• Will project location matter? Client type? Contract value? Employee numbers? Some specific tricky or obscure technical or security requirement?
  • Is there a mandatory experience response as well as a rated one? Can you use the same examples in both? Must you? Must you not?

And so on. It’s hard, you know?

But here’s the thing. Although you can’t be 100% ready before the RFP comes out, you can get 100% ready soon after it does. You can take your list of experience (created before the RFP came out) and give it to a small but informed team: some people who know the projects in detail and some person who knows how to present examples completely, exactly, and precisely according to RFP instructions. I dunno — maybe three (3) people in total? Maybe.

Before the main proposal team has finalized their solution and written their first draft, your PET (Past-Experience Team) can finish their assessment on the experience options, showing how they *should* score against any hard, quantitative evaluation criteria, as well as how they *might* score against any qualitative criteria. Then the executives can pass hands over the list and authorize a final selection. With, I dunno, maybe one (1) extra, just because in case you never know? Maybe. But only one (1).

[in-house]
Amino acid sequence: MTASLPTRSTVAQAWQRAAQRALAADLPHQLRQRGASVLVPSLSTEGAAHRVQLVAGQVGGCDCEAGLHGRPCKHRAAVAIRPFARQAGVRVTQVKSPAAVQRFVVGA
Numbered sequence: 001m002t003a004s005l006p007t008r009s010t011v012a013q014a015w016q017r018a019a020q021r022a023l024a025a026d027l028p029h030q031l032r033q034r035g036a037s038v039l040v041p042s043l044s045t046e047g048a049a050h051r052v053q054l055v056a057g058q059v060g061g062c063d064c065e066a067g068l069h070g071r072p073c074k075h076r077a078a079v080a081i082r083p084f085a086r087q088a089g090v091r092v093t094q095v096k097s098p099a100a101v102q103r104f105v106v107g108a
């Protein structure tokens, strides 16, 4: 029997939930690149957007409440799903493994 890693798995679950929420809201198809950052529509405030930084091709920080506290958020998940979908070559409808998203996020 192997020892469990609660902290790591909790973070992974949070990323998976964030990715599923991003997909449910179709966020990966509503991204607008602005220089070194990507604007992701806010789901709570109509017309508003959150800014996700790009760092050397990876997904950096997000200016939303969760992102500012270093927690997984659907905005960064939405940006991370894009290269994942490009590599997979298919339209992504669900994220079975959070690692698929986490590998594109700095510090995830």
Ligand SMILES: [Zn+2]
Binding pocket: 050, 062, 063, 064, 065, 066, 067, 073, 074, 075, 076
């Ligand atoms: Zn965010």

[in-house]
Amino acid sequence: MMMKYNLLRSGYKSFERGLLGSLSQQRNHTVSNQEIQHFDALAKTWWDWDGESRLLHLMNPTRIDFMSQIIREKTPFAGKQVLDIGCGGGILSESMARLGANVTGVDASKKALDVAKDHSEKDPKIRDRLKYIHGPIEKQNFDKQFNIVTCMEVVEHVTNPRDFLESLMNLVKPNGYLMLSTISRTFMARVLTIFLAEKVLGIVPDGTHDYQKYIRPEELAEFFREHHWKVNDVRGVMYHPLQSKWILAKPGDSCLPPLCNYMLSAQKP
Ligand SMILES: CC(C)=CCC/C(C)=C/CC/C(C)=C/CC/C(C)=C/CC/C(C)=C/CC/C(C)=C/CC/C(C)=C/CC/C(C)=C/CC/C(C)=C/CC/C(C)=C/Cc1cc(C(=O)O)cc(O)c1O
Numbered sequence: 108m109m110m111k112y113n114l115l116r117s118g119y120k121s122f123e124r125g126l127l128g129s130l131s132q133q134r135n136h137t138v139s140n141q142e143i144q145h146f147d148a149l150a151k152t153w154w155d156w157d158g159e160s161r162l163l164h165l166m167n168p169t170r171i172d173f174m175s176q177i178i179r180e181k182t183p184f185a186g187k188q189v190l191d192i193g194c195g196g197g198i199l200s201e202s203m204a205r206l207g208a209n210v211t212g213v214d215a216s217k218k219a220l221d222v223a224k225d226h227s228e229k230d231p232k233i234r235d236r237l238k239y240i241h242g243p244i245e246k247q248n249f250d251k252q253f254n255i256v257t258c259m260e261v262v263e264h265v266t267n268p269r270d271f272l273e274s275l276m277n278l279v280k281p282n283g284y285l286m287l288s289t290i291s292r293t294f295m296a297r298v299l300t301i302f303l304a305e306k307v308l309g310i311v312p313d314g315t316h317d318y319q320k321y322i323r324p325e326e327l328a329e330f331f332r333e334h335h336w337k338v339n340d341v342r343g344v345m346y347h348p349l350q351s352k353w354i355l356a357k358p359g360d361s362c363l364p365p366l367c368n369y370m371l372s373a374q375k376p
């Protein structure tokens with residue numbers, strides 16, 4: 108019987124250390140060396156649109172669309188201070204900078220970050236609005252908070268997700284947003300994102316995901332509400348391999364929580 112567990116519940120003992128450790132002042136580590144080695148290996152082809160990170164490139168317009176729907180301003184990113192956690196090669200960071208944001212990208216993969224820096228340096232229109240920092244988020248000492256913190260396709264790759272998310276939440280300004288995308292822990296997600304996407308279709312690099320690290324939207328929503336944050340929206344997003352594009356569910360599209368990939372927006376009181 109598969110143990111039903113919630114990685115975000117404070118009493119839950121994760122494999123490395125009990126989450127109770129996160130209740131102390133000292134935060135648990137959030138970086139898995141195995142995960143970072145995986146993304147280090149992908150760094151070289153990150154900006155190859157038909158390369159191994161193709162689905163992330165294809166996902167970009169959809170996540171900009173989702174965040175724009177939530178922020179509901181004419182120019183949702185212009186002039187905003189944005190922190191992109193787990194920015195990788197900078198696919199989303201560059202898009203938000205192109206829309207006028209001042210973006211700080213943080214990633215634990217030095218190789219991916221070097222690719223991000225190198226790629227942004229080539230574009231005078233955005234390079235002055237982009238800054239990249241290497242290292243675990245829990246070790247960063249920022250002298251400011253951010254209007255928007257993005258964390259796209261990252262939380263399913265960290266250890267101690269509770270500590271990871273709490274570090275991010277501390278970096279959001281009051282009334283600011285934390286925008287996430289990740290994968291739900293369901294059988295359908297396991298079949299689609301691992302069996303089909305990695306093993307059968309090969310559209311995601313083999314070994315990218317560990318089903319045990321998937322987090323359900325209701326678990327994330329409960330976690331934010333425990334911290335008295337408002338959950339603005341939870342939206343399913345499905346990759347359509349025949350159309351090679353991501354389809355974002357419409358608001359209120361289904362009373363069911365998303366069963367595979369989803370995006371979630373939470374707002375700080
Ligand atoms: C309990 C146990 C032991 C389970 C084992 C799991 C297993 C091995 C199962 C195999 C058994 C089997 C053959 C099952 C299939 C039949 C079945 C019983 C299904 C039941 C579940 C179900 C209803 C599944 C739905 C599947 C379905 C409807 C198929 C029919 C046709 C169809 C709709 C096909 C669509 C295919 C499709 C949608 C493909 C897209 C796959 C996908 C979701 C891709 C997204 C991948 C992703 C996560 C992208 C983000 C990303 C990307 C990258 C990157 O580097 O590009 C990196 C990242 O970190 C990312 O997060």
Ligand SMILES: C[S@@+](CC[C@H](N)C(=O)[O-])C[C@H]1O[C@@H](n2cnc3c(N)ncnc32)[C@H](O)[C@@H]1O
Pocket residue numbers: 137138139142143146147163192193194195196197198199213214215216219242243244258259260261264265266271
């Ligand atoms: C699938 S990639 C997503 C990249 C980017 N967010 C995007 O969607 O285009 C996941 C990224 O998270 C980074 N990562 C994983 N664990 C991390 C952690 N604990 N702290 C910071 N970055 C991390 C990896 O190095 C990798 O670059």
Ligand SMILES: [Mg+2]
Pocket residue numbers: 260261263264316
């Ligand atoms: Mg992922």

Then the PET can go to town, fleshing out the experience examples to make them look as good as they can: as good as they are, maybe. Details. Results. Certifications. Photos. Kudos.

Let’s recap:

  • Do your pre-RFP homework.
  • Launch a small, dedicated group to work on experience as soon as the RFP comes out.
  • Authorize a final list of examples given the evaluation criteria, within the first few weeks. Maybe three (3) weeks? On a long proposal, no more than that. On a shorter one, sooner.
  • Go (GO. GO!!!) on the presentation of the approved examples.

Now, maybe this has not been your past practice.  Maybe you prefer the experience of getting to Red Team and having executives rip your experience section (mandatory or rated or both) to bits. But here’s the thing. I found that getting ripped got old after, oh, I dunno, a few times. Maybe three (3)? Maybe.

Or think of it this way. As the purveyors of financial products say . . .

Past performance is not a guarantee
of future results.

But here’s the thing: It is exactly that if you don’t do anything differently.



Pandemic Procurement

Peacetime military procurement has been likened to a vertical chute with bars across the chute at frequent intervals. It appears to be, and likely is, designed to prevent money from being spent. Certainly its effect is to delay spending, with close (and highly risk averse) oversight taking precedence over everything else: cost, schedule, and performance.